Can a piece of sticky tape stop computer hackers in their tracks? New steps towards quantum communications say ‘yes’ — ScienceDaily
Researchers from the University of Technology Sydney (UTS) and TMOS, an Australian Research Council Centre of Excellence, have taken the fight to online hackers with a giant leap towards realizing affordable, accessible quantum communications, a technology that would effectively prevent the decryption of online activity. Everything from private social media messaging to banking could become more secure due to new technology created with a humble piece of adhesive tape.
Quantum communication is still in its early development and is currently feasible only in very limited fields due to the costs associated with fabricating the required devices. The TMOS researches have developed new technology that integrates quantum sources and waveguides on chip in a manner that is both affordable and scalable, paving the way for future everyday use.
The development of fully functional quantum communication technologies has previously been hampered by the lack of reliable quantum light sources that can encode and transmit the information.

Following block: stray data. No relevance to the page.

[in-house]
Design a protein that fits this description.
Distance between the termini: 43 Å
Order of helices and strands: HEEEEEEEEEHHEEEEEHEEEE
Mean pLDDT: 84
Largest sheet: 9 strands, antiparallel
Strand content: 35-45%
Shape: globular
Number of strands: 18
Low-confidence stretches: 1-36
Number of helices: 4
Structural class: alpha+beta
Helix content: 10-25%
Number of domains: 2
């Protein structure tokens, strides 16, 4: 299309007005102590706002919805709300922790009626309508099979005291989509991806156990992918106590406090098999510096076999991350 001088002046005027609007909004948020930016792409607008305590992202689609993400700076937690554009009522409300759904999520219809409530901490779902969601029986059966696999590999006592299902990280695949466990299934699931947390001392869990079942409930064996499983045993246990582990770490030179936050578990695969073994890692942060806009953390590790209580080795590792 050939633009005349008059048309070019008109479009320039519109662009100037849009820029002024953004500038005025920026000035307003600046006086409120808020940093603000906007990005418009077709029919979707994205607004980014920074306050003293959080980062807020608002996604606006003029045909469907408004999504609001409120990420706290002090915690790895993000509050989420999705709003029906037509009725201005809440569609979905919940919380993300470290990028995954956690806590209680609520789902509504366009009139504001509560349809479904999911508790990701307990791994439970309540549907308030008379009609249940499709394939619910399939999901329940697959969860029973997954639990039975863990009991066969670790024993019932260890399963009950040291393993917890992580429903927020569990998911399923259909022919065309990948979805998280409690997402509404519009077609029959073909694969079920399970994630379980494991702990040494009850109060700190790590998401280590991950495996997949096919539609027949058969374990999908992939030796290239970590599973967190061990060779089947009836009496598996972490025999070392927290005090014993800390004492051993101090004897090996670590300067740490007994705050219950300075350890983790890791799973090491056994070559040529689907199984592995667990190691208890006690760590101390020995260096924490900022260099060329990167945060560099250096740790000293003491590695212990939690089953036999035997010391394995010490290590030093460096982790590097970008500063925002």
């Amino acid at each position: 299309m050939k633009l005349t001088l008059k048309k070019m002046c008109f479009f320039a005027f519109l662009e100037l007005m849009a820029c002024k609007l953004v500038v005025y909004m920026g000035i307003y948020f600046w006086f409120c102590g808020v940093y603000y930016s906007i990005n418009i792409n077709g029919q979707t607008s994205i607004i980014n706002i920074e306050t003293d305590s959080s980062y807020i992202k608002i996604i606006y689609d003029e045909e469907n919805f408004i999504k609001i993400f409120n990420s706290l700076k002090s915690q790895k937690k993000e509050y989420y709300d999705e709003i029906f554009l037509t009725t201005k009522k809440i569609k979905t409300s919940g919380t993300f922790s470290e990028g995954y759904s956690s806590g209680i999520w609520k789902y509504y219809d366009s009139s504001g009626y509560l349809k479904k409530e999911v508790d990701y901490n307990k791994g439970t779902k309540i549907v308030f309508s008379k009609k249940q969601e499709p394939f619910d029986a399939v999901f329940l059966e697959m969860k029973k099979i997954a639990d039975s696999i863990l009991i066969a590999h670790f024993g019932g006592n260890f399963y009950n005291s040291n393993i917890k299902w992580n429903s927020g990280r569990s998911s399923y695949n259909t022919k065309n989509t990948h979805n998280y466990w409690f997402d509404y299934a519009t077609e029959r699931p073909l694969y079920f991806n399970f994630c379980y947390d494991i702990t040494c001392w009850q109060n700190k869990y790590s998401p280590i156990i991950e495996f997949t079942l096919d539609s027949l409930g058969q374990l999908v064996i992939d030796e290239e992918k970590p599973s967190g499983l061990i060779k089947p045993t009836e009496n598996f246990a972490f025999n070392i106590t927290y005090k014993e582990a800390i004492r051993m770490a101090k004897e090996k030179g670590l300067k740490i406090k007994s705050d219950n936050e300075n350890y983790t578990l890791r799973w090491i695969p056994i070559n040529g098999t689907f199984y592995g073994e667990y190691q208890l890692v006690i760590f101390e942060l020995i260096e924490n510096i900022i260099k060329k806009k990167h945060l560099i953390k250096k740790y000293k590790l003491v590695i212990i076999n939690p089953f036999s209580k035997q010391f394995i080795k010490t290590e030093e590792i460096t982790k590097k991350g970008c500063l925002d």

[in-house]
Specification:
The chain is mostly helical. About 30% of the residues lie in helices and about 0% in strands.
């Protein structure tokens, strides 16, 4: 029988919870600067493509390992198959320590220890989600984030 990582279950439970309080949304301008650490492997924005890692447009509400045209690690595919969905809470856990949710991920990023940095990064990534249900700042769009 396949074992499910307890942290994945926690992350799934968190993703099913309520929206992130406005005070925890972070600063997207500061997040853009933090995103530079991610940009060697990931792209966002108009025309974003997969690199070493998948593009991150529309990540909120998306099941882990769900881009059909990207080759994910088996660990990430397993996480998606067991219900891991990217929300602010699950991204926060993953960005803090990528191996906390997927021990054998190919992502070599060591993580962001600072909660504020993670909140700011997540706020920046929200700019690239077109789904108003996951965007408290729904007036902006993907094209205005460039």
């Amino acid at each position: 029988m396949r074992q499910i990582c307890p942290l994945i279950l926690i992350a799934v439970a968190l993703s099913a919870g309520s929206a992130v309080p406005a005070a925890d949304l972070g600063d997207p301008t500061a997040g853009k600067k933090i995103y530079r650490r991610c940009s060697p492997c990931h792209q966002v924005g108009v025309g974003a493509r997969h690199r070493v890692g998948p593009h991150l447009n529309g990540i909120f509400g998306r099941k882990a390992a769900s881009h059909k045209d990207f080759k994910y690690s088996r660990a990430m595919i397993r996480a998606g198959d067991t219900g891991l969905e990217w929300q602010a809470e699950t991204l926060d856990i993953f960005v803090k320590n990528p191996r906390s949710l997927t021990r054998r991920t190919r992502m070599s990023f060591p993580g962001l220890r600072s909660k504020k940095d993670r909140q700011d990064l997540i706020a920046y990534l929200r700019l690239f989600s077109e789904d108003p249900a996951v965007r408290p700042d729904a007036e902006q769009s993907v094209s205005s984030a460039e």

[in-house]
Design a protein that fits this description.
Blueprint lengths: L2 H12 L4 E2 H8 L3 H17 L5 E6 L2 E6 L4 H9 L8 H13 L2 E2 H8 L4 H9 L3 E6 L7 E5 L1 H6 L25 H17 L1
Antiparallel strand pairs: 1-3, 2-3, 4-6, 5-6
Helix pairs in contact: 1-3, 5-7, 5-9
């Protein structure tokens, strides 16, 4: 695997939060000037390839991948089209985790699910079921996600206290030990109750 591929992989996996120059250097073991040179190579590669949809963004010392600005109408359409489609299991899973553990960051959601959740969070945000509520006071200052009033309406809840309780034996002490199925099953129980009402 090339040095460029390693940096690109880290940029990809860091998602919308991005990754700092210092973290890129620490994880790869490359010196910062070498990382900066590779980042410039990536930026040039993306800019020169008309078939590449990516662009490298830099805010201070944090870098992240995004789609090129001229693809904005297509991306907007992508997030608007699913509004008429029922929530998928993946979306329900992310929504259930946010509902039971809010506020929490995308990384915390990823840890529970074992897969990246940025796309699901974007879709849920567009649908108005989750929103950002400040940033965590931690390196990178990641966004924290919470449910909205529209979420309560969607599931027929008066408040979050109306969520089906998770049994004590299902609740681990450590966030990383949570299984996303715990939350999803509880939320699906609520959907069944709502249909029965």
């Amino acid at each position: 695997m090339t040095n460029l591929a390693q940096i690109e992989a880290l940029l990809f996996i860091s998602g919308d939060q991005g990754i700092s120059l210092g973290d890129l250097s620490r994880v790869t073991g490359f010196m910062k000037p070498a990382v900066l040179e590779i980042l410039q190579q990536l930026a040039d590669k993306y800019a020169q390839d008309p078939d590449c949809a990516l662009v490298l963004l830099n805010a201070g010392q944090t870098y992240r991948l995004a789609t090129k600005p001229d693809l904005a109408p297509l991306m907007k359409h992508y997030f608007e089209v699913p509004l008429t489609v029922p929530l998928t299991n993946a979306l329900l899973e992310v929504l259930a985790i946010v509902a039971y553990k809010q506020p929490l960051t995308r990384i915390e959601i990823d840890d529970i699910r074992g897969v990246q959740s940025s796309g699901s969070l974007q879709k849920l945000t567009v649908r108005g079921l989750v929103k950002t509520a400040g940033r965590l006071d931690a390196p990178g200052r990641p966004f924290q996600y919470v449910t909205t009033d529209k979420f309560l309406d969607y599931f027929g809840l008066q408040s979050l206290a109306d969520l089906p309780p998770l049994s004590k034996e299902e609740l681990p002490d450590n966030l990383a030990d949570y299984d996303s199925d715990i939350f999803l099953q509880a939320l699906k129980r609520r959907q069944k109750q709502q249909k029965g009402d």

In a paper published today in ACS Photonics, the team describes a new platform to generate these quantum emitters based on hexagonal boron nitride, also known as white graphene. Where current quantum emitters are created using complex methods in expensive clean rooms, these new quantum emitters can be created using $20 worth of white graphene pressed on to a piece of adhesive tape.
These 2D materials can be pressed onto a sticky surface such as the adhesive tape and exfoliated, which is essentially peeling off the top layer to create a flex. Multiple layers of this flex can then be assembled in a Lego-like style, offering a new bottom up approach as a substitute for 3D systems.
TMOS Chief Investigator Igor Aharonovich said: “2D materials, like hexagonal boron nitride, are emerging materials for integrated quantum photonics, and are poised to impact the way we design and engineer future optical components for secured communication.”
In addition to this evolution in photon sources, the team has developed a high efficiency on-chip waveguide, a vital component for on-chip optical processing.
Lead author Chi Li said: “Low signal levels have been a significant barrier preventing quantum communications from evolving into practical, workable models. We hope that with this new development, quantum comms will become an everyday technology that improves people’s lives in new and exciting ways.”
Materials provided by University of Technology Sydney. Note: Content may be edited for style and length.